Lyme Disease: A Serious and Growing Threat, Right in Your Own Yard!
Lyme Disease is on the rise in the U.S. Your odds of contracting the disease are directly related to the number of ticks on your property that carry the disease-causing bacteria. Lyme Disease is not an illness to be taken lightly; it can be difficult to diagnose, and if it goes undiagnosed and untreated, it can result in serious, permanent damage to the victim's joints and heart.
Animals can be affected too! Dogs, cats, horses are all subject to Lyme Disease.
Why do the deer ticks have Lyme Disease?
As most people know, the deer tick is the culprit that infects people and animals with Lyme Disease. Naturally then, when most people think of the disease, they think of deer and deer ticks. Deer do serve as hosts to the deer tick, but they are passive hosts. The most important players in the spread of Lyme Disease are the white-footed mouse and chipmunk. These rodents primarily harbor the bacteria that cause Lyme Disease. Ticks pick up the bacteria when they feed on the blood of infected animals. While in the immature stages, deer ticks pass the Lyme Disease bacteria to and from the mice and chipmunks they typically feed on. During the tick's nymph stage, they might also feed on humans and pets.
At this point the ticks are light in color and no bigger than pinheads, so they are hard to see and can easily go undetected.
Regional currently offers two different methods for getting rid of ticks around your yard. Our all-natural mosquito treatment also kills ticks. Click here for more information about that treatment.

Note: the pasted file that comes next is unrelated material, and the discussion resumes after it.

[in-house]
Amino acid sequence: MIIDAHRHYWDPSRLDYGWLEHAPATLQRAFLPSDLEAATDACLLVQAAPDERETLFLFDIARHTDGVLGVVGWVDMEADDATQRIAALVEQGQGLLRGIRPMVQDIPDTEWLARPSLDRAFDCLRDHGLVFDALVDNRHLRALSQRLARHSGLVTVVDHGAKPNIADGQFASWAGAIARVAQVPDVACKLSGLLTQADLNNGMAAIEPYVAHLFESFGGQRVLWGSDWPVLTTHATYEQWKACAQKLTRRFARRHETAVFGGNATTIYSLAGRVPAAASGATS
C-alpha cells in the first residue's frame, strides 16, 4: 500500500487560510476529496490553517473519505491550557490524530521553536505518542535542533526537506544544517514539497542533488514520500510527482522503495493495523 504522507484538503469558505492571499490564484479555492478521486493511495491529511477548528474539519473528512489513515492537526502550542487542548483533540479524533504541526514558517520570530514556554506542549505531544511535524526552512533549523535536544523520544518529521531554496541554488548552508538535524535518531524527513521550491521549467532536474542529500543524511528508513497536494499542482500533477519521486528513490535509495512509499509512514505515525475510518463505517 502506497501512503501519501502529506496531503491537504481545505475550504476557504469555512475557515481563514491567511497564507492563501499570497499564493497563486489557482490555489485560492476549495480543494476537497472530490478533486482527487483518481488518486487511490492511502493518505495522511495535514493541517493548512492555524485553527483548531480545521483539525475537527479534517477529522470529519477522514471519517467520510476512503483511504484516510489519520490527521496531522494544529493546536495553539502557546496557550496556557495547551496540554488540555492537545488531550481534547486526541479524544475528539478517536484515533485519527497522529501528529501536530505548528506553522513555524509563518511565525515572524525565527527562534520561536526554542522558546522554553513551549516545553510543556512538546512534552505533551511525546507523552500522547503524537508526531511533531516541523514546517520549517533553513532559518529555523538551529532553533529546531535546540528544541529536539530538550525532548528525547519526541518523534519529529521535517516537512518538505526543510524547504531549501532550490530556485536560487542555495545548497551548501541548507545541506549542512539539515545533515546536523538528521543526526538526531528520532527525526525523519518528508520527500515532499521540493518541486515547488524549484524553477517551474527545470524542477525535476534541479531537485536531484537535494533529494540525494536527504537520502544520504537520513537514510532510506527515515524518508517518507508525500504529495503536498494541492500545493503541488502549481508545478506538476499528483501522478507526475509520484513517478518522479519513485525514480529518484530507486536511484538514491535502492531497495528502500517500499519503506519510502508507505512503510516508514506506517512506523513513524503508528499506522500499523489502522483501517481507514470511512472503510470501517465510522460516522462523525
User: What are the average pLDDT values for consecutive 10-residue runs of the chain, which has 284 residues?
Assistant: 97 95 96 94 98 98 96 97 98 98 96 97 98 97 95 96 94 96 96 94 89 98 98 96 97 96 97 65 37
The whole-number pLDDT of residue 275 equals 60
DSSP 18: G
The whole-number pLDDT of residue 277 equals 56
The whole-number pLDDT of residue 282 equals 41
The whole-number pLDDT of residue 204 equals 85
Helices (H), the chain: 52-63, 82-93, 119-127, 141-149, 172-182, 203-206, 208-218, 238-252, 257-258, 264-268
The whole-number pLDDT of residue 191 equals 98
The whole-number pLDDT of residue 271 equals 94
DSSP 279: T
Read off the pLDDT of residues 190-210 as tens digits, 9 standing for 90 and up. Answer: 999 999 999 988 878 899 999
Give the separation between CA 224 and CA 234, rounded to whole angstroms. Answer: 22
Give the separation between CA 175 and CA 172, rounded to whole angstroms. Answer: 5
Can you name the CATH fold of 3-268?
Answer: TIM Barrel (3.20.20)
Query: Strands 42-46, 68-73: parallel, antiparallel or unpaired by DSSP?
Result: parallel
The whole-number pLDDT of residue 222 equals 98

We also offer tick boxes that can be placed around your yard. These tick boxes help kill the immature stages of ticks when they feed on mice or chipmunks.
How do the tick boxes prevent Lyme Disease?
The Tick Control System is a small plastic box which holds an insecticide that Is effective against ticks, and a bait that is attractive to mice. The bait will attract mice living on and around your property to the system's boxes. As a mouse moves through a box, it will pass under a small applicator wick containing a low-dose insecticide. The wick will lightly brush its head or shoulders, gently applying traces of the insecticide. The insecticide won't harm the mouse or any other animal that might touch or even eat the bait, but it will kill the ticks that the mice are carrying. A single dose will protect the mice for up to 40 days against any new ticks.